Another example: That white paint color you’ve been eyeing may have a lavender undertone. Once you discover this, you may decide that a white with a yellow undertone would be better for your space. Lavender is a cool color, while yellow is warm. This is how taking undertones into consideration will really aid in choosing the right color for your space.
If you’d like some specific examples of neutral paint colors and their undertones, check out my post on The Top 10 Best Neutral Paint Colors for Your Home. There I list the details of each color, and show you how each one looks on the walls of my home!
Mistake 5: Neglecting to Balance Out Fixed Finishes
When choosing paint colors, it’s important to make sure they balance out the fixed finishes of the room. What do I mean by fixed finishes? The permanent (unless you renovate!) design elements of the space. The flooring, the metal hardware, tile backsplashes, etc. These finishes have their own undertones that need to be considered before you decide on a wall color.
The main goal is to make sure you’re creating balance with the room’s paint color. Because the paint color becomes the backdrop for the whole room, it needs to properly showcase the fixed features. For optimum balance, pick a paint color that gives the room what it is needing.
If you have a room containing lots of warm wood finishes, a soft gray neutral paint with blue undertones would cool things off nicely. A room with white tile and chrome metal hardware (which both contain cool undertones), might achieve its balance with a warm mushroom neutral paint with beige undertones, to keep things inviting and cozy.
Mistake 6: Ignoring the Direction Your Room Faces
Did you know that paint colors can look completely different depending on the cardinal direction that your room faces? That’s right, the exact same paint color can look different within your home in two different rooms. Now, if you’re like me when I learned that information, it was like a lightbulb went off! I thought that once I found a paint color I loved, I could rinse and repeat, and then I’d be so disappointed when I didn’t like the results of the color. Now I know that the way light comes into the room plays a big impact on color.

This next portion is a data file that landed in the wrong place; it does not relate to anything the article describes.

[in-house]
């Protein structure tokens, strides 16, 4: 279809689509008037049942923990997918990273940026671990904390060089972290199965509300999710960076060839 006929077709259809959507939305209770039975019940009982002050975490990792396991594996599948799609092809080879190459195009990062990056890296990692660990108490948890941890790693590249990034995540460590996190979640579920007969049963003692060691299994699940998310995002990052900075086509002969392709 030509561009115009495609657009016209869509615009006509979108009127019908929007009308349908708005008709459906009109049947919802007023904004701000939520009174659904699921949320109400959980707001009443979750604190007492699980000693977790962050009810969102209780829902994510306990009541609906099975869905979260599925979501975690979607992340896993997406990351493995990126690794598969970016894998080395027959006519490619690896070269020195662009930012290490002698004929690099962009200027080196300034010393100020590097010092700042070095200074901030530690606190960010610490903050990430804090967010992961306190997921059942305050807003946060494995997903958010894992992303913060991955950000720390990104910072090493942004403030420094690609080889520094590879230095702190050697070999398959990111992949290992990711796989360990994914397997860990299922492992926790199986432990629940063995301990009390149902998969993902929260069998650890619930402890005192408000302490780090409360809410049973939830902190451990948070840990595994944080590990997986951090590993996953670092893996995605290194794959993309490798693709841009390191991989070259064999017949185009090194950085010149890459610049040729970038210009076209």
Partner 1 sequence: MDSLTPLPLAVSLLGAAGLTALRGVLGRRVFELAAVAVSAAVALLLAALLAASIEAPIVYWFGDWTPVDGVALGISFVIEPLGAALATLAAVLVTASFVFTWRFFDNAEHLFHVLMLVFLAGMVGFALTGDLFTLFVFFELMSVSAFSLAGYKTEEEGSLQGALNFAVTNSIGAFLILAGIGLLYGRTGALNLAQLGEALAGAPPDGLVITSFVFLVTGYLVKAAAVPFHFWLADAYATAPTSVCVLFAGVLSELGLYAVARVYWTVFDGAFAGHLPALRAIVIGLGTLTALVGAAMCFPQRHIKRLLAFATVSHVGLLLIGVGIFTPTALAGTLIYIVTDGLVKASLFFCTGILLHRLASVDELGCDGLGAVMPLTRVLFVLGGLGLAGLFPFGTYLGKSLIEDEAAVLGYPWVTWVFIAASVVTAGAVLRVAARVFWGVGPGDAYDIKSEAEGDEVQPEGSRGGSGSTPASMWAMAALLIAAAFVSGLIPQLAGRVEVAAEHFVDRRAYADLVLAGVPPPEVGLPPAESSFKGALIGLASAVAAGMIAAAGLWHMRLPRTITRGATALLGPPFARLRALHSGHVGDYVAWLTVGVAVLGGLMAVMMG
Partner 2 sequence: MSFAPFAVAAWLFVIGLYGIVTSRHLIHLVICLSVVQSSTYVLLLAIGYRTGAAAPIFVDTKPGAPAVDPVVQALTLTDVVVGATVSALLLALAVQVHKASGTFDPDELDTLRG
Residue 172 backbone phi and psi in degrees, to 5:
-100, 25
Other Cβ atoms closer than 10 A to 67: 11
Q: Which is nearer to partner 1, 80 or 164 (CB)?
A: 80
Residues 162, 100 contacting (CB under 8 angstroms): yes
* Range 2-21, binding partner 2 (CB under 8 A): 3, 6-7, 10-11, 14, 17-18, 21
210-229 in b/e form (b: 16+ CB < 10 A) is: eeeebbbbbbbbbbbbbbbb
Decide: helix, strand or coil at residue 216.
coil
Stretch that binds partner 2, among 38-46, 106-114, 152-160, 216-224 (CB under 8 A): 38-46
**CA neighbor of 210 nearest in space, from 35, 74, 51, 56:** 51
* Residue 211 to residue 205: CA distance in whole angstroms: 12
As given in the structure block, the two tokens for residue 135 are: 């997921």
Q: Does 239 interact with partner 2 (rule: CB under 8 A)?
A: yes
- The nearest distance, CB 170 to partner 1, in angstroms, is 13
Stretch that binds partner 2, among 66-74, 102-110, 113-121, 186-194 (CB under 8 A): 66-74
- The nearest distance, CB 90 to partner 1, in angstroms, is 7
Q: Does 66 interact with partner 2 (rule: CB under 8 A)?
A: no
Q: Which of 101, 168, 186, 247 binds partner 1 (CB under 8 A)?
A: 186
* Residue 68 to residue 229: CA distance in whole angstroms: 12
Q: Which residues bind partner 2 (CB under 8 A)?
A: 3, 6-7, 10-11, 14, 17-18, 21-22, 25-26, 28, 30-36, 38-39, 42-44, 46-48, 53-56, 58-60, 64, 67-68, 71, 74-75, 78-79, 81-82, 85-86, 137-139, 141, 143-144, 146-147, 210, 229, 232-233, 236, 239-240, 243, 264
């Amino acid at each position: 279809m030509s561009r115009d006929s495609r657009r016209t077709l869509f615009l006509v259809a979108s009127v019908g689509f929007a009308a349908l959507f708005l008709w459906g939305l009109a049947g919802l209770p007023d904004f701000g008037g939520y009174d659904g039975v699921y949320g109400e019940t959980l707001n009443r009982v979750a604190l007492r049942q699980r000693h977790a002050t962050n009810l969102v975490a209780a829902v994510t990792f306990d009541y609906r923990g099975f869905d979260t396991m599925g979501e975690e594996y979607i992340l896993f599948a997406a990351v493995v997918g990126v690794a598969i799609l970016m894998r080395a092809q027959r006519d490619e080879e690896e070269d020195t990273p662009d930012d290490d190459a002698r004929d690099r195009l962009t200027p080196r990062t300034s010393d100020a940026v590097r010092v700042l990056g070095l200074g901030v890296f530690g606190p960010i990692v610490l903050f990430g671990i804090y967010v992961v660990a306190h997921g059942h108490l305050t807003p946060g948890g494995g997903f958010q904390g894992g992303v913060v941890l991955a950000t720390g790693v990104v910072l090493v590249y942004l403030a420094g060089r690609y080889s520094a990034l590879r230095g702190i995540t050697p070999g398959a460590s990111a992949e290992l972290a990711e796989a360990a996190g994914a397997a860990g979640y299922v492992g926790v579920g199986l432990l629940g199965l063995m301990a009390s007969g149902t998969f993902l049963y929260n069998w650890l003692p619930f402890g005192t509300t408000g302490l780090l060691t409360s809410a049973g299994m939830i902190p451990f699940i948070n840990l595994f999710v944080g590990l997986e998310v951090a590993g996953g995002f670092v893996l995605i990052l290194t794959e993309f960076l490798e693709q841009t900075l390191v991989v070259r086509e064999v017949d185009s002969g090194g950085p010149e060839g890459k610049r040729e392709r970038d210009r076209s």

Directional Exposure is the primary direction your windows face. You may have multiple directional
exposures. Your paint colors are impacted depending on whether your room face north, south, east,
or west. To determine this, stand facing your windows holding your compass (or your smart phone,
which probably has a compass app). The direction your needle points determines your exposure.
Multi-Directional Exposure is if you have more than one exposure and one is noticeably more dominant than the other(s)- i.e. you have four windows on one wall and just one on the other- than that will be your exposure. If you have three or more, there’s a very good chance that one stands out as the dominant exposure.
Otherwise, you can follow the chart below to decide which one you should use. The primary bedroom in our previous home is an example of a room that had multiple exposures and none stood out as the most
dominant. It had three walls of windows that let in bright sunlight.
Now that you’re equipped with this info, you can begin searching for paint color inspiration that includes which direction the room is facing in the photo!
Mistake 7: Picking a Color That’s Too Bold or Too Dark
When I was experimenting with painting for the first time, I used to always choose a shade too dark. This is a classic, rookie mistake! (That I ended up making many times over, haha.)
Now I mostly work with soft, muted neutrals, but I’ve definitely had my fair share of paint color mistakes, particularly when I used to gravitate towards more saturated colors.
I quickly learned to always choose 1-2 shades lighter than what you think you need! There’s a couple of reasons for this.
- Paint color samples are deceiving! A bold or bright color is a lot more overwhelming to the room when it’s covering the walls around you, than in one tiny paint sample that fits in the palm of your hand.
- Paint changes color as it changes form. There’s the way it looks on the sample, the way it looks wet in the can, and the way it looks dry on your walls. The color dry on your walls will always be the darkest. And sometimes this is darker than what you had in mind. It’s amazing how just a hint darker can be a totally different look!
So is it better to go lighter or darker with paint?
Whether you choose a light or a dark paint color will come down to personal preference. Sometimes the goal is a dark moody color. They’re definitely a part of some decor styles that are currently trending. But even with these colors, I still suggest going a shade or two lighter than you think.
Used to, the design advice was always to avoid dark colors because they would make your rooms look smaller. But that has since evolved. Now people see that dark colors have the ability to bring groundedness, comfort, elegance, or glamor. And even in smaller spaces, sometimes this is exactly what is needed.